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Opinion
Mervyn King and Dan Katz

Central Banks Are Risking Their Independence

The Federal Reserve, European Central Bank and Bank of England all seem willing to take on vexing social challenges. If they aren’t careful, they may end up losing their autonomy.

Keep your distance.

Keep your distance.

Photographer: Al Drago/Bloomberg via Getty Images

Central bankers and journalists will assemble for the virtual Jackson Hole conference later this week. Their agenda will be broad. The future path of quantitative easing, the health of the labor market, and other critical monetary and regulatory matters will command center stage. But we can also expect pronouncements on issues once considered the domain of elected politicians, including climate change, racial justice and inequality.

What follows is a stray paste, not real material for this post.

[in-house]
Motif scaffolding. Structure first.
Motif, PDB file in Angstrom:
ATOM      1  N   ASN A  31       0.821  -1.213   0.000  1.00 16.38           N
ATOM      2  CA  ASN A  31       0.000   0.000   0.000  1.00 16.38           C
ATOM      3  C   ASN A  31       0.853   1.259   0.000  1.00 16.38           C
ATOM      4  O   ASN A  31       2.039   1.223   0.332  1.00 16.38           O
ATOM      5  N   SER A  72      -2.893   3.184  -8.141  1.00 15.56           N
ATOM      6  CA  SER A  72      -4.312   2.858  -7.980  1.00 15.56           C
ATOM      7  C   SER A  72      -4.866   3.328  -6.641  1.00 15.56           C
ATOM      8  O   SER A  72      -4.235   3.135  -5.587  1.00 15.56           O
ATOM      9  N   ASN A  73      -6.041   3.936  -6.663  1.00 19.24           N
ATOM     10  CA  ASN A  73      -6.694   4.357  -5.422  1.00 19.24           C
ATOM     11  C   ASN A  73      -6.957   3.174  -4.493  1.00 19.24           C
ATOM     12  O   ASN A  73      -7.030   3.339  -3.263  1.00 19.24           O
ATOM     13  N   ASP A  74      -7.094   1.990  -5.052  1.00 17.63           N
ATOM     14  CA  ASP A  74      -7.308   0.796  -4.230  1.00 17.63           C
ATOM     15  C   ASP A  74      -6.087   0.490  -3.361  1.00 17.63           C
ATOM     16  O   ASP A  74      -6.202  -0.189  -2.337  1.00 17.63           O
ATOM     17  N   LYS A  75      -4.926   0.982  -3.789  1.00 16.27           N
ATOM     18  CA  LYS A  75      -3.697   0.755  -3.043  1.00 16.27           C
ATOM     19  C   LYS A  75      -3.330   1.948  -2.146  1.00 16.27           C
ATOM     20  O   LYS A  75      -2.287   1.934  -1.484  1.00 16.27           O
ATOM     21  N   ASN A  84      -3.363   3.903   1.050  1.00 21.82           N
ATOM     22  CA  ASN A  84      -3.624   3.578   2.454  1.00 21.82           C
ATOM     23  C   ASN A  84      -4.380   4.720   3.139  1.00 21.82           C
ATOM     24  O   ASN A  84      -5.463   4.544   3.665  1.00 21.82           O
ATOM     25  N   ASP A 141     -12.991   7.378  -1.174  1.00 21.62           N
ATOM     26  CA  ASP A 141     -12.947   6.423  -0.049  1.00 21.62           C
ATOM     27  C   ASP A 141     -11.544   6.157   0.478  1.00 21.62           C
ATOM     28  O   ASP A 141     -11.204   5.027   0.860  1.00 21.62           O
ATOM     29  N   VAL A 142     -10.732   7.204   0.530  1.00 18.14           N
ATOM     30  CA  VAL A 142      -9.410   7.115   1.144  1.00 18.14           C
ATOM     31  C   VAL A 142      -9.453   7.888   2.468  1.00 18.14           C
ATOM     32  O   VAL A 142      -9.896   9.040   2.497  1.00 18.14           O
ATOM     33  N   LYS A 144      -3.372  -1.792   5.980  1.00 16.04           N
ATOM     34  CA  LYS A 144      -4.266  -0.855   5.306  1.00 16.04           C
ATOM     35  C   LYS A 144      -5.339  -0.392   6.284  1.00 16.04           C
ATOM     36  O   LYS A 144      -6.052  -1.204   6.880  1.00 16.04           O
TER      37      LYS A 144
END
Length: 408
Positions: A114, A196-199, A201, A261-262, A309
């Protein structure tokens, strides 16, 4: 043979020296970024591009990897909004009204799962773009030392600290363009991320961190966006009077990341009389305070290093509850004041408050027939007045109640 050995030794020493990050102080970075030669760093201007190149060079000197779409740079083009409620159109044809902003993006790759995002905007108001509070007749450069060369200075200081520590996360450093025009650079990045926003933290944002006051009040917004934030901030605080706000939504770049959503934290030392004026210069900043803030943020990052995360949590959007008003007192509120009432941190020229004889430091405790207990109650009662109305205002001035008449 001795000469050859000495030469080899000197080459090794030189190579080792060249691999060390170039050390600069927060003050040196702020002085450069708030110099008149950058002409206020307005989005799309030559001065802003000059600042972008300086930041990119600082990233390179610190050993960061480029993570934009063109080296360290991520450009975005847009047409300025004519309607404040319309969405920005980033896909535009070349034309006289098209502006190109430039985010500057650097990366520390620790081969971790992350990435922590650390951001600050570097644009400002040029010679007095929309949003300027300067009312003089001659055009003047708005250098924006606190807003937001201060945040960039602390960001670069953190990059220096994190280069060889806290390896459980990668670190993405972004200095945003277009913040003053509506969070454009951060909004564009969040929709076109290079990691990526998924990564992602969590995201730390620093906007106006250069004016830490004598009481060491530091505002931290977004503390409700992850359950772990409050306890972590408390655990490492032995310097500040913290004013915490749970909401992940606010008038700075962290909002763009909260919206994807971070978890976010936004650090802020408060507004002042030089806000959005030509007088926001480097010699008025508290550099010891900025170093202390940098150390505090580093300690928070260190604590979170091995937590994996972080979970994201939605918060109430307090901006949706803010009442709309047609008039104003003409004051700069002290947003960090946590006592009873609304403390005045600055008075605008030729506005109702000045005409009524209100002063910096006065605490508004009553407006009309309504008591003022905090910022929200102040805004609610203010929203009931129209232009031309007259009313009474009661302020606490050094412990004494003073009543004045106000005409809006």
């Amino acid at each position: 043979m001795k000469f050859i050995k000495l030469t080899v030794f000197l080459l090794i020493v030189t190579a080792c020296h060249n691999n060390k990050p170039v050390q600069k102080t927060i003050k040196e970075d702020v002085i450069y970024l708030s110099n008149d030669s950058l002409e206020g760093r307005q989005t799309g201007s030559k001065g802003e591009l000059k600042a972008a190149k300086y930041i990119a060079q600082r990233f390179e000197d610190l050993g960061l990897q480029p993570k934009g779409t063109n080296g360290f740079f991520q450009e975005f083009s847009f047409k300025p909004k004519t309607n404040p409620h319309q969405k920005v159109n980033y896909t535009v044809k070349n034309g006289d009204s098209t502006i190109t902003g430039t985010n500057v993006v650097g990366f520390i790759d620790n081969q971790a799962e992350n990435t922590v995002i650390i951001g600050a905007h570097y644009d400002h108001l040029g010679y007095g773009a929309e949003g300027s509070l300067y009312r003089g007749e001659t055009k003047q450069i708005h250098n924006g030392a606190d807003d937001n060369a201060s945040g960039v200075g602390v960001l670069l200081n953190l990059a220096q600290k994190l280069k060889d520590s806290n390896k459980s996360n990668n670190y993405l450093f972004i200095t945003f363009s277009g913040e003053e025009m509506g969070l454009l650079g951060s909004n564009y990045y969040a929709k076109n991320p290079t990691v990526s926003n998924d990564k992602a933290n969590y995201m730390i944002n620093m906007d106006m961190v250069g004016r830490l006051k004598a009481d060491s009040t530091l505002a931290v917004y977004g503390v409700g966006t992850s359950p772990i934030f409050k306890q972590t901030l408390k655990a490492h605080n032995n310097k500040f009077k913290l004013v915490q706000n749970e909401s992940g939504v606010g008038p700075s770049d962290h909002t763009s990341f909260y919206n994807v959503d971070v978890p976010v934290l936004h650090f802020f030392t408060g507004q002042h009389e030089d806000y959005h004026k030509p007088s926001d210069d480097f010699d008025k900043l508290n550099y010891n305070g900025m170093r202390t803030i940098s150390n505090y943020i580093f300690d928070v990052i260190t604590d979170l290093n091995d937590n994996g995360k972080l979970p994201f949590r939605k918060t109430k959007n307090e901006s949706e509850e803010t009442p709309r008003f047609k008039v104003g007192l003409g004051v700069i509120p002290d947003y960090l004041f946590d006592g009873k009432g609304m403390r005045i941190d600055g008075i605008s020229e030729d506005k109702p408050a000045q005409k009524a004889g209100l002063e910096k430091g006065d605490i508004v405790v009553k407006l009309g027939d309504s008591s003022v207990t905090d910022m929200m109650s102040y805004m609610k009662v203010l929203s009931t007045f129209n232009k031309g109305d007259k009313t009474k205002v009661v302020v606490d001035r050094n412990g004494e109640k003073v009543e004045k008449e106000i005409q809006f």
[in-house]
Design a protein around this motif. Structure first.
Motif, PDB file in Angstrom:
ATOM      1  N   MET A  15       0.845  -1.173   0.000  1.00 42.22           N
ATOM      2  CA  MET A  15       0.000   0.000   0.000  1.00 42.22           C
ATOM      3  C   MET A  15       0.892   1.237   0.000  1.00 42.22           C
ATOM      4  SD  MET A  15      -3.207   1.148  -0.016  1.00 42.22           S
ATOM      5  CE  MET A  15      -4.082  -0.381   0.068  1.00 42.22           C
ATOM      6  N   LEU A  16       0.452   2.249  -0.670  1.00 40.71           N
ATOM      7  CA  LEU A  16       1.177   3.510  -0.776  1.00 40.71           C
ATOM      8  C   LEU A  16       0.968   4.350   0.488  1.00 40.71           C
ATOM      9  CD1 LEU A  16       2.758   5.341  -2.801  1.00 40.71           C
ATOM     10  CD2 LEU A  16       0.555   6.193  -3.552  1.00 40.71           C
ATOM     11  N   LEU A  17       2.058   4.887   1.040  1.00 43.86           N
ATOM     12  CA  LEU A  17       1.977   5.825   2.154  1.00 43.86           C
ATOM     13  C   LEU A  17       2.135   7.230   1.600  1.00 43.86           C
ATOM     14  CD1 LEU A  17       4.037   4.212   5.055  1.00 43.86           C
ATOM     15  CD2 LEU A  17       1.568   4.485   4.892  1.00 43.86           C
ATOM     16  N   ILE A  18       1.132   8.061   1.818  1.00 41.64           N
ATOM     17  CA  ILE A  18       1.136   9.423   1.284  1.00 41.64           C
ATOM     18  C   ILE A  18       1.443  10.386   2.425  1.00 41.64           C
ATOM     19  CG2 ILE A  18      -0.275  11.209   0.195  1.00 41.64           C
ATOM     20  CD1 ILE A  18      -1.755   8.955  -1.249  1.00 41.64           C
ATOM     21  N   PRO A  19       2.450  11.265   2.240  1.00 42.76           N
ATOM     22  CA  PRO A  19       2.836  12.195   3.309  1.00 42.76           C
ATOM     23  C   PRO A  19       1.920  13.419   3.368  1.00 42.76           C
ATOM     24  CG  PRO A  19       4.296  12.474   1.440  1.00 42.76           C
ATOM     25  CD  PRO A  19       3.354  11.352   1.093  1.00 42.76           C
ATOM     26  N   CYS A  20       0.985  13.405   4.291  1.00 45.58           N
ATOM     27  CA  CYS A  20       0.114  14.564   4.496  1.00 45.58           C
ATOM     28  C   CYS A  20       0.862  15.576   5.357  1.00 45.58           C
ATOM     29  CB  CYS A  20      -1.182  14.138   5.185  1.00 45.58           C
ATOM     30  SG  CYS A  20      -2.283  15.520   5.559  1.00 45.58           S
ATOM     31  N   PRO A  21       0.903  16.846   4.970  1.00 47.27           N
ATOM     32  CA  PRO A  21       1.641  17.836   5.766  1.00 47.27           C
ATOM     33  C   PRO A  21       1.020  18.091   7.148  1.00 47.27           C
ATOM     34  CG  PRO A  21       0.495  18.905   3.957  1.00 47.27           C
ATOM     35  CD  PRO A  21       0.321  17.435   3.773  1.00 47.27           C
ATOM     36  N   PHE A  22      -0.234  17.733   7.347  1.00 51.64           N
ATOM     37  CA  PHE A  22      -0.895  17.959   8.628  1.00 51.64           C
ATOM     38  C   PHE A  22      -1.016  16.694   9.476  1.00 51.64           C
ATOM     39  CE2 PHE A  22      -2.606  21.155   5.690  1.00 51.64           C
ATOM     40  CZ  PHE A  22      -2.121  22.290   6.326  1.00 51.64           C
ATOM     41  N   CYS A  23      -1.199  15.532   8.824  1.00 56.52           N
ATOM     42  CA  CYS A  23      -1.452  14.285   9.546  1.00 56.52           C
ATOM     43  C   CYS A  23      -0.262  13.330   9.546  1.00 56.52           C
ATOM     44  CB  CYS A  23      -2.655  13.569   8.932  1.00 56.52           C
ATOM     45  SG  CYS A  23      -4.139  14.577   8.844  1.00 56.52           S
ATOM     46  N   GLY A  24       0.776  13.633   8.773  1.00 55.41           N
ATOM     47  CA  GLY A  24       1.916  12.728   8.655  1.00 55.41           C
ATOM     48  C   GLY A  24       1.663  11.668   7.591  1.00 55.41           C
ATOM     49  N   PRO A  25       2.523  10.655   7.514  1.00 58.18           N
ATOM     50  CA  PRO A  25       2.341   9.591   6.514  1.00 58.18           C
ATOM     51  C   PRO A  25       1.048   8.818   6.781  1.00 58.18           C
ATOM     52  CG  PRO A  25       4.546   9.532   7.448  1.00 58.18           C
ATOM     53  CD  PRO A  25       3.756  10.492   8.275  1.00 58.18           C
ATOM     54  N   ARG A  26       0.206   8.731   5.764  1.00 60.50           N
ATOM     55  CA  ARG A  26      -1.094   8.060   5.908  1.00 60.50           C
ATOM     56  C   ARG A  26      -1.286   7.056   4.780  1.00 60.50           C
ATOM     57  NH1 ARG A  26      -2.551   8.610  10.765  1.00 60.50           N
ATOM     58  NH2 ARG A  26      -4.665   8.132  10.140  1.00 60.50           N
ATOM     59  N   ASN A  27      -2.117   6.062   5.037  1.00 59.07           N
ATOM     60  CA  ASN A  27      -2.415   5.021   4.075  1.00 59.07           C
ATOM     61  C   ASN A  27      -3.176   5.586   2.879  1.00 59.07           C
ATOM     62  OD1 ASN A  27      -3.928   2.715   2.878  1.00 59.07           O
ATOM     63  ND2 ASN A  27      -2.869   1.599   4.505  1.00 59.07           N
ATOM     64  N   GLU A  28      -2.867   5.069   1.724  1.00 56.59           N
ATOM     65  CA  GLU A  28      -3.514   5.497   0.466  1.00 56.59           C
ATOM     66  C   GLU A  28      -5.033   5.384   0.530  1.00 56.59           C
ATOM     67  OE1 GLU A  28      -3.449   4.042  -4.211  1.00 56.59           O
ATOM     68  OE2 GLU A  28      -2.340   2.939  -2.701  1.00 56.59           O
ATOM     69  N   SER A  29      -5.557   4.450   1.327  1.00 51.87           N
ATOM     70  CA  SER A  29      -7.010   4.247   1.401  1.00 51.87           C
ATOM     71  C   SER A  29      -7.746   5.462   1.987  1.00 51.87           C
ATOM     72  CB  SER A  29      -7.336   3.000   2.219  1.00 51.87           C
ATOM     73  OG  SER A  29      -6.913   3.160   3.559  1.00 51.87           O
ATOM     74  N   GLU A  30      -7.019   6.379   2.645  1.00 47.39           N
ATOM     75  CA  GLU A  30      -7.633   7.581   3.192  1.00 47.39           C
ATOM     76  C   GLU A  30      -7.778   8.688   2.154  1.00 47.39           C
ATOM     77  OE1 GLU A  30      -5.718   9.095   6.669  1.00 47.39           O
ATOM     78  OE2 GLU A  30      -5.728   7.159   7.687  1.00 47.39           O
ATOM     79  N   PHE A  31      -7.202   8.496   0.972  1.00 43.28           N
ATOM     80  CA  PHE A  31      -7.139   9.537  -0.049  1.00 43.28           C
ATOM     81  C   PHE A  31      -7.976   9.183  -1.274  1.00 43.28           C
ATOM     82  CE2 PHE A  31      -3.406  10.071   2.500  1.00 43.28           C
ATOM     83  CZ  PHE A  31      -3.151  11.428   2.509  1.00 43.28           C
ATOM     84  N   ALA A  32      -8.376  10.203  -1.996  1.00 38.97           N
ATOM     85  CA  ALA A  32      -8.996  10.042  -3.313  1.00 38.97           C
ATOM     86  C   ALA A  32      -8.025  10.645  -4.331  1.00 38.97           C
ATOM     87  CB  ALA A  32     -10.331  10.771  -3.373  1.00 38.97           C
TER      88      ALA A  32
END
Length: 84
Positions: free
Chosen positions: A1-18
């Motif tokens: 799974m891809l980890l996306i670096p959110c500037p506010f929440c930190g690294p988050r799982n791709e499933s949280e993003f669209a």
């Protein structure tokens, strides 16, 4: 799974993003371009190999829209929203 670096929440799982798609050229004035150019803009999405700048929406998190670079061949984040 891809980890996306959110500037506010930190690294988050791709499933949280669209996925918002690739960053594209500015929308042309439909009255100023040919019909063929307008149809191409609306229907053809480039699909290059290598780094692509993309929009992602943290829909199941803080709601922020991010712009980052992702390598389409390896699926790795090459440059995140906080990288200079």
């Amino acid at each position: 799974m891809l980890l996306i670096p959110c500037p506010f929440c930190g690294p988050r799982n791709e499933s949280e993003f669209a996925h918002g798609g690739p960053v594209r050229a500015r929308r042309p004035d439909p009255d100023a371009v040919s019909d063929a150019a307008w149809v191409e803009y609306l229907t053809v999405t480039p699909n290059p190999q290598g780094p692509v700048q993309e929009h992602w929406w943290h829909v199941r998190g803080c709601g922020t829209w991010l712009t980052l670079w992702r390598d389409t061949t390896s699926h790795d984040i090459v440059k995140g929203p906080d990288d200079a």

The emergence of central-bank commentary on hot-button political issues is a significant departure from the practice of just a generation ago. Central bankers who lived through the 1970s remembered the experience of high and volatile inflation. They saw independence as essential to the ability of central banks to maintain economic stability. And this autonomy went hand in hand with clear goals and mandates, such as inflation targets.